Evolution of Flight


Poor wolf, foiled again!  This aquatic lifestyle just doesn't seem to want to take hold.  Time to go back to the Designer and demand swimming and scuba lessons!

According to Carl Sagan, "The secrets of evolution are death and time - the deaths of enormous numbers of life forms that were imperfectly adapted to the environment; and time for a long succession of small mutations that were by accident adaptive, time for the slow accumulation of patterns of favorable mutations1."

Despite no real biological or fossil evidence2 of whales evolving from a land mammal, evolutionists still cling to imaginative fairy tales. The evolutionist Ernst Mayr once candidly wrote that "it is a considerable strain on one's credulity to assume that finely balanced systems such as certain sense organs (the eye of vertebrates, or the bird's feather) could be improved by random mutations3." Given the numerous finley balanced systems such as sonar, we agree that the evolutionist's credulity is quite strained!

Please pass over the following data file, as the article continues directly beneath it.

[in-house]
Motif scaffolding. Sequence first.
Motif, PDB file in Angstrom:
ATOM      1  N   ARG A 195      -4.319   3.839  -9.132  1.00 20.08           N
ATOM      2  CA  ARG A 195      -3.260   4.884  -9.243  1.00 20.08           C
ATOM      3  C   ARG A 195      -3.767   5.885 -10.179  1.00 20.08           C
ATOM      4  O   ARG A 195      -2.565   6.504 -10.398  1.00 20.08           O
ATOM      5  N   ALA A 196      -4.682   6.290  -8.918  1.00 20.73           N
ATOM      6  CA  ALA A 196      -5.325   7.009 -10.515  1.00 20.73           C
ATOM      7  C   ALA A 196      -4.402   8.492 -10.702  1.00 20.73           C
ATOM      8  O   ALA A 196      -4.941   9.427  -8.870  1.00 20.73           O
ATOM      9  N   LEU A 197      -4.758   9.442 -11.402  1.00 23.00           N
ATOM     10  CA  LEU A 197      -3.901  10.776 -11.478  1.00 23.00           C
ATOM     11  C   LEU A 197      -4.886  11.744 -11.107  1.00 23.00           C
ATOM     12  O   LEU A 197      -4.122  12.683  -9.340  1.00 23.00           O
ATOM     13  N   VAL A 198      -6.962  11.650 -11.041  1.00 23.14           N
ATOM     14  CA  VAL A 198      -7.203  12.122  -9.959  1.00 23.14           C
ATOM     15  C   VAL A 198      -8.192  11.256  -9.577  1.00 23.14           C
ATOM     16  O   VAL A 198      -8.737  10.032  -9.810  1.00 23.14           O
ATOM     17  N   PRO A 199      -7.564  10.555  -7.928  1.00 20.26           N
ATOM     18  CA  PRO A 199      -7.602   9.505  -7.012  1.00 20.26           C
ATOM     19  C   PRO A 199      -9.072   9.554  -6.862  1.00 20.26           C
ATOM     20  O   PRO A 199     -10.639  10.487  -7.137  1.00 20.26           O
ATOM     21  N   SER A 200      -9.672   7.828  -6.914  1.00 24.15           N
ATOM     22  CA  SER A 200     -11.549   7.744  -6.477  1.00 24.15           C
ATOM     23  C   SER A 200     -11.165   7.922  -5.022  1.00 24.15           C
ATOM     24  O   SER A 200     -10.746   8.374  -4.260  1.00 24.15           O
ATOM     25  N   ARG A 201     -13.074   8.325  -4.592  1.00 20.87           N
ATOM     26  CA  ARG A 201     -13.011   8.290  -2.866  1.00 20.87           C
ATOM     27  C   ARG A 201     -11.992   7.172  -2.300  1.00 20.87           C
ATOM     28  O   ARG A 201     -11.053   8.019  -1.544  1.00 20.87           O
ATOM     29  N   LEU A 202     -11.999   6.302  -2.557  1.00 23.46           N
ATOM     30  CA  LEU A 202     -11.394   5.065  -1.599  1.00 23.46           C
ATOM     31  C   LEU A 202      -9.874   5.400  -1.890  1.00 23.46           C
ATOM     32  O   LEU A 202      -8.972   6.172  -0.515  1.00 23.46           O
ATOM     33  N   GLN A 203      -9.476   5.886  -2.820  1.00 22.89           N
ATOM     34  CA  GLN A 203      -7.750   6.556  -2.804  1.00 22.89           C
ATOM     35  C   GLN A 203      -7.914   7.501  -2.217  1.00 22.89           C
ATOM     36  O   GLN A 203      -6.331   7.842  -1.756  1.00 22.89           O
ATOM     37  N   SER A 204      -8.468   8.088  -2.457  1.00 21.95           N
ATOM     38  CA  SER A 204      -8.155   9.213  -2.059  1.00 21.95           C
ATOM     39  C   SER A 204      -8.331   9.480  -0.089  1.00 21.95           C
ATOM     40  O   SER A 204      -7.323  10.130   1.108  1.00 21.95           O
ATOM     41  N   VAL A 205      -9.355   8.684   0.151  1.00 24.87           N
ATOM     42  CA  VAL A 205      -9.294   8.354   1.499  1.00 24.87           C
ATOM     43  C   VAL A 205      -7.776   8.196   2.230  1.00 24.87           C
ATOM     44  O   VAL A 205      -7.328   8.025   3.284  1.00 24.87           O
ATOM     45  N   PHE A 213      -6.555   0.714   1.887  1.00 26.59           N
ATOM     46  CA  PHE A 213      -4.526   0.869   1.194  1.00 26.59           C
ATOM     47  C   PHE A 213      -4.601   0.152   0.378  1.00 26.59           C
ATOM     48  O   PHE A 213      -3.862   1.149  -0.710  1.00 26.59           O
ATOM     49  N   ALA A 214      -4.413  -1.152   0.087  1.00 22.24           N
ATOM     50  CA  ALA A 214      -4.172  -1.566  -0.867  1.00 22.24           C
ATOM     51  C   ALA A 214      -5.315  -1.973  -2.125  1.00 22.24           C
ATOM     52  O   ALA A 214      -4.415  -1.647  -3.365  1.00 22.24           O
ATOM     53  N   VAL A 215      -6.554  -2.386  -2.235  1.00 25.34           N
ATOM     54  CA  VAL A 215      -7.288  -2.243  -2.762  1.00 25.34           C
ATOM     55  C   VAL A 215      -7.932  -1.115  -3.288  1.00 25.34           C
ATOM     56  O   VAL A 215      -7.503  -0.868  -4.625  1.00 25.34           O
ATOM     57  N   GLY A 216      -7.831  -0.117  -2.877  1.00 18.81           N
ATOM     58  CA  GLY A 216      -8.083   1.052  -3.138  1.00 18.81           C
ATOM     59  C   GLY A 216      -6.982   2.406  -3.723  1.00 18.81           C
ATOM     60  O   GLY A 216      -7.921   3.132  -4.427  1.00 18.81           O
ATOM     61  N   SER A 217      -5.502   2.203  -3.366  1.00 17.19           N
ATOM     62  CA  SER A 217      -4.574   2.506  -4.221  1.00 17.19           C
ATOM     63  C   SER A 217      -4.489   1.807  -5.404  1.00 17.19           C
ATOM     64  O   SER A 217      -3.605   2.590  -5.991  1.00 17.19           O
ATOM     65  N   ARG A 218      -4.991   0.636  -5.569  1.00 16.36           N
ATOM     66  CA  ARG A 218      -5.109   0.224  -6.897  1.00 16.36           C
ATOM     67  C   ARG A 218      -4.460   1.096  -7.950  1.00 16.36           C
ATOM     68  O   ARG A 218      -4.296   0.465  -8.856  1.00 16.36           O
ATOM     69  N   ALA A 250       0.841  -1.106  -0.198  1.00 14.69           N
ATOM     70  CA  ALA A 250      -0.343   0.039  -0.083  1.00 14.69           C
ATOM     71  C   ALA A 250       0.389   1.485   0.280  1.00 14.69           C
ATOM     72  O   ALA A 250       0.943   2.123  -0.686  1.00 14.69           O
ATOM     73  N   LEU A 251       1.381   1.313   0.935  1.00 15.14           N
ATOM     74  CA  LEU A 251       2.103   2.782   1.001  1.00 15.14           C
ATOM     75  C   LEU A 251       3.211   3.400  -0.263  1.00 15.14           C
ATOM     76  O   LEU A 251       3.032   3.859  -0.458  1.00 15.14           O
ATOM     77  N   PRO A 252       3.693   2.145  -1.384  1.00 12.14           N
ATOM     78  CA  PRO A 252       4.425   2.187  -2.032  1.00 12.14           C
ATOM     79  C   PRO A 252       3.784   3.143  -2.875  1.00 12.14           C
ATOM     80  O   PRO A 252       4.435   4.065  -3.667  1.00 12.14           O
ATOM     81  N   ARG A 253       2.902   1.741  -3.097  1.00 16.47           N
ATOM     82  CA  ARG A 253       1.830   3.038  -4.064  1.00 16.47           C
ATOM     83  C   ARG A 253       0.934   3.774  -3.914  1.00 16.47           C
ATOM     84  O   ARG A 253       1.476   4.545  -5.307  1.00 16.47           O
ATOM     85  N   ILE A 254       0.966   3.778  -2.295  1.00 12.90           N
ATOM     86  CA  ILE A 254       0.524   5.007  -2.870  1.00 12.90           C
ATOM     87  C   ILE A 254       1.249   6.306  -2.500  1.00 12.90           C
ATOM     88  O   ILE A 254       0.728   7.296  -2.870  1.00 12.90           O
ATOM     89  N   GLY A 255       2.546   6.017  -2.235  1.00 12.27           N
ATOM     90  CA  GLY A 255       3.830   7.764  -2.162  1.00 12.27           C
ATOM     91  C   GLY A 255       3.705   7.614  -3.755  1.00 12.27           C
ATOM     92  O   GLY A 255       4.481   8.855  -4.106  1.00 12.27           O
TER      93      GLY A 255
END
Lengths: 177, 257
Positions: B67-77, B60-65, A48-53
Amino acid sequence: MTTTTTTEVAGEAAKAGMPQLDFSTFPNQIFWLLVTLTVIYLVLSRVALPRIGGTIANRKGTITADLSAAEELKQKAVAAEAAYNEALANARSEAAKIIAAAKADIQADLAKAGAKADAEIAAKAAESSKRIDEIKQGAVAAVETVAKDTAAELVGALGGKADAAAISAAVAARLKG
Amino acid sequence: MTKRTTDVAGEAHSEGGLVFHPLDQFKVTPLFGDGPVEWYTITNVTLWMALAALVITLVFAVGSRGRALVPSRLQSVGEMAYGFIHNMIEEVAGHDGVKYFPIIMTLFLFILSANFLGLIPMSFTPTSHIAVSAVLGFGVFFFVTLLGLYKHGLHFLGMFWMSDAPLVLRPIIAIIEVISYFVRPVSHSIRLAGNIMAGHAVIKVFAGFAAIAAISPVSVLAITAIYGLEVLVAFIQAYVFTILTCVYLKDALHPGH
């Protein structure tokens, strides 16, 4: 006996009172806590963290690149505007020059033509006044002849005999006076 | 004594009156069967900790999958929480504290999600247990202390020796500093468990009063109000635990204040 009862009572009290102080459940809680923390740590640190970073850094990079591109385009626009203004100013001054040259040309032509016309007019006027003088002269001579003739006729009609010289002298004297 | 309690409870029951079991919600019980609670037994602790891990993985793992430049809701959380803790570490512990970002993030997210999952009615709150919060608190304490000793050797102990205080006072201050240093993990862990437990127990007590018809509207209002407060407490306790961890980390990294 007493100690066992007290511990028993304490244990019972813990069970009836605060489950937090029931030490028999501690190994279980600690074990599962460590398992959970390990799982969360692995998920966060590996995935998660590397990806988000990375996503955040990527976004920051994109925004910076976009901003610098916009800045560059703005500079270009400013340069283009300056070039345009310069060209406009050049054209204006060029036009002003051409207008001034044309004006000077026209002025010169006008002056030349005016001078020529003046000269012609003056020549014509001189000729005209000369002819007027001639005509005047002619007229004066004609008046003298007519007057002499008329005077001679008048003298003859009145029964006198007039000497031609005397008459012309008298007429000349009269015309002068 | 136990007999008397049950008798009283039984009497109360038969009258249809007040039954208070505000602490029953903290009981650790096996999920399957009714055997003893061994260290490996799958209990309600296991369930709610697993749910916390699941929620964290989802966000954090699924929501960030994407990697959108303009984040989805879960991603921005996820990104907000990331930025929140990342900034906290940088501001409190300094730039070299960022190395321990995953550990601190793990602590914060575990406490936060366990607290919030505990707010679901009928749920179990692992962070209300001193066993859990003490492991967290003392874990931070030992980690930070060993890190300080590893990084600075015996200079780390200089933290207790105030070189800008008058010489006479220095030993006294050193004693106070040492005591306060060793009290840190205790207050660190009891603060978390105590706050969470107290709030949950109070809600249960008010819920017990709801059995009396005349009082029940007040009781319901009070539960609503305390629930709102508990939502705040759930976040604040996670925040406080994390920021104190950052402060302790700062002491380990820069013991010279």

ARRO14E1  Scaling Mount Probable

1. Carl Sagan, Cosmos, 1980, pg 30.

2. Evolutionists often cite the long-tailed Ambulocetus as a transition between wolf and whale, hence a walking whale! This was based on the find being near a seashore, closer to sea than its assumed predecessor the Mesonyx (wolf)! The closer to sea, the more whale-like our wolf gets, until finally, POOF, he's a whale! What imagination! "If one practices hard enough you can believe six impossible things before breakfast" - Red Queen, Alice in Wonderland.

Hans Thewissen, a foremost "expert" on whale "evolution", later discovered fossils that in his words "weaken the link between whales and the mesonychians, which was primarily based on similarities in the teeth". (New Views of the Origins of Mammals, Science, Aug 7, '98, p775). Maybe next they'll tell us it was a moose that ventured into the water and eventually became a whale! Update: Turns out the hippo is the preferred actor in this fairytale.

3. Ernst Mayr, Systematics and the Origin of Species, New York: Dover Publications, 1942, pg 296.

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